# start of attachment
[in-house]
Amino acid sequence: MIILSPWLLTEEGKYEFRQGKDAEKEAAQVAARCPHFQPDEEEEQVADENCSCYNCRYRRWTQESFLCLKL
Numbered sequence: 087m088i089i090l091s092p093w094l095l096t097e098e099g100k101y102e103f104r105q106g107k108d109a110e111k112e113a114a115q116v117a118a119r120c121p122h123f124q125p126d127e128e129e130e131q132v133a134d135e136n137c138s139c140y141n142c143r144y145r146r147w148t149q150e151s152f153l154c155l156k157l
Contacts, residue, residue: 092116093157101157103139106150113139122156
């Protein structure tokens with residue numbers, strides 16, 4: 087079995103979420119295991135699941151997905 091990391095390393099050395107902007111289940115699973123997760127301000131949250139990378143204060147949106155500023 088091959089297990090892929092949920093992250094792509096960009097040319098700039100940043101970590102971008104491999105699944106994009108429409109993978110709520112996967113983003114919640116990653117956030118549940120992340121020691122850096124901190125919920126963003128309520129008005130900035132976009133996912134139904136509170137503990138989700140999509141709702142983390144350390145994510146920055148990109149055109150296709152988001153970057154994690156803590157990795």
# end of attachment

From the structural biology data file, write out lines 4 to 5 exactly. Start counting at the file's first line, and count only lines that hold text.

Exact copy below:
Contacts, residue, residue: 092116093157101157103139106150113139122156
């Protein structure tokens with residue numbers, strides 16, 4: 087079995103979420119295991135699941151997905 091990391095390393099050395107902007111289940115699973123997760127301000131949250139990378143204060147949106155500023 088091959089297990090892929092949920093992250094792509096960009097040319098700039100940043101970590102971008104491999105699944106994009108429409109993978110709520112996967113983003114919640116990653117956030118549940120992340121020691122850096124901190125919920126963003128309520129008005130900035132976009133996912134139904136509170137503990138989700140999509141709702142983390144350390145994510146920055148990109149055109150296709152988001153970057154994690156803590157990795």